How do Inclusion & Diversity fit into HR at BCBS of Michigan?
BCBS of Michigan embeds concepts of I&D in all business practices; for example, in product development they build digital experiences that are inclusive of a broad community, they work with procurement to encourage supplier diversity, and they collaborate with their value-based care program to address health equity. HR & talent acquisition teams have a lot in place like pipeline programs beginning with the middle school level, and recruiting from HBCUs and community colleges. On the retention side, BCBS helps employees understand how to grow in their careers and that they have lateral growth options, and offers coaching and mentoring to help their employees develop. Bringing it back to cultural competency – when implemented there is no other option but to grow and develop.
What do leaders need to do to #OpenUpTheWorkforce?
Bridget recommends understanding the unconscious biases you have and observing how that plays out into who and how you hire and mentor, and the opportunities you provide for special assignments and projects. She urges leaders to build cultural competency and understand the real people’s stories. Bridget provides an example of a VP at BCBS of Michigan who shared with her that most of their team was white. They just had an open position and were considering two highly qualified candidates, one Black and one White, and the White candidate ended up getting the job. Bridget says that the open conversation helped them realize that their Black candidates weren’t provided the same opportunities to gain experience in that specific market. Because of the learning sessions mentioned before, this VP became aware of this existing bias, which is the first step to establishing more inclusive recruiting processes.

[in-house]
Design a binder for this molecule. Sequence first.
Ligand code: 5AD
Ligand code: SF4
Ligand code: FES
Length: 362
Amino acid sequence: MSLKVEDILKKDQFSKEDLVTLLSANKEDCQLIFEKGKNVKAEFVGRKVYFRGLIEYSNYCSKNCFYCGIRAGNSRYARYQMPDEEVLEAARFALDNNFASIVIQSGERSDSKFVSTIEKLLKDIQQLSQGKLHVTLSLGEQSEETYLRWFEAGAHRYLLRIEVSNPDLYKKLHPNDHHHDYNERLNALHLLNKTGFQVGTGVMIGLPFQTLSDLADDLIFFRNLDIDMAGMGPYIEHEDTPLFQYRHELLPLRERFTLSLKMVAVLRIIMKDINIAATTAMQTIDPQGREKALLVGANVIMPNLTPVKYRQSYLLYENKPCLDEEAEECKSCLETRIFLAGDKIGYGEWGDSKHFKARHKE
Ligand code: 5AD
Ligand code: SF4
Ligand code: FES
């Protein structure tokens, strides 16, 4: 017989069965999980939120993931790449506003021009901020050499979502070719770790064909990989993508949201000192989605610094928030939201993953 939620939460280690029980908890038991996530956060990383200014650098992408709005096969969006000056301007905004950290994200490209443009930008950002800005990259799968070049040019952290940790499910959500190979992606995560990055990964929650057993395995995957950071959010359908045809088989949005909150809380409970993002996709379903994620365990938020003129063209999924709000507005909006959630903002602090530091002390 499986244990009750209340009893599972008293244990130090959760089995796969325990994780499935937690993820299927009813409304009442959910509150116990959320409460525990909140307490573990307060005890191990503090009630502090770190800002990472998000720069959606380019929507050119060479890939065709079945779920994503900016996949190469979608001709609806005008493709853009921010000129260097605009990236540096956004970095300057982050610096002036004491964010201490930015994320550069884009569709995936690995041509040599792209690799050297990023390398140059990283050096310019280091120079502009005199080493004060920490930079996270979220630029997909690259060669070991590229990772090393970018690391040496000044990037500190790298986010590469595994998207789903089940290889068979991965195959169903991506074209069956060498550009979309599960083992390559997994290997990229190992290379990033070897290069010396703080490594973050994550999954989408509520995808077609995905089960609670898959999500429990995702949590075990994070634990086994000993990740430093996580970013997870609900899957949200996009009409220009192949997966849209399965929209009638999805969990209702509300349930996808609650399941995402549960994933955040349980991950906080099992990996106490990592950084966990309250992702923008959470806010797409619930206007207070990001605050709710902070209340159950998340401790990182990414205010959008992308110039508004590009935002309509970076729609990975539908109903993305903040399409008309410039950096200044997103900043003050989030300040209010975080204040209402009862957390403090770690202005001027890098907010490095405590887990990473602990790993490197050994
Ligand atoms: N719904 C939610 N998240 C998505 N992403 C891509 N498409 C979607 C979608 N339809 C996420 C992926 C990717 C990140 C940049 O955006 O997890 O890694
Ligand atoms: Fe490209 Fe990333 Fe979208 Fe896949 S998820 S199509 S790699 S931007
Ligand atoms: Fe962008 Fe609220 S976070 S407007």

About Bridget Hurd
Ms. Hurd is the vice president, Inclusion and Diversity and Chief Diversity Officer at Blue Cross Blue Shield of Michigan where she is responsible for leading and executing the corporate inclusion and diversity strategy for Blue Cross and its subsidiaries and shaping a culture of inclusion where all perspectives are valued. She also leads the Office of Health and Health Care Disparities with a vision of Better Health for All where she developed a framework for advancing health equity and focuses on achieving health equity in the delivery of, quality and access to care. Ms. Hurd leads the enterprise’s Diversity Leadership Councils, Physician Diversity Council and oversees cultural competency learning opportunities for employees where employees learn about different cultures, communities, generations, workstyles and perspectives; coaching programs through its Employee Resource Networks, 14 employee resource networks and the integration of an inclusion lens in providing service to members and customers.
She represented Blue Cross on the Michigan Coronavirus Task Force on Racial Disparities, appointed by Governor Gretchen Whitmer in April 2020. She serves on the Blue Cross Blue Shield Association’s Health Equity Champions Committee and is a co-chair for the national Health Care Transformation Task Force Health Equity Advisory Group. Hurd is a recipient of the national DentaQuest 2020 Health Equity Heroes award which recognizes individuals working to achieve equity during the coronavirus pandemic. In 2021, she was also recognized as a Top 100 Diversity Officer by the National Diversity Council.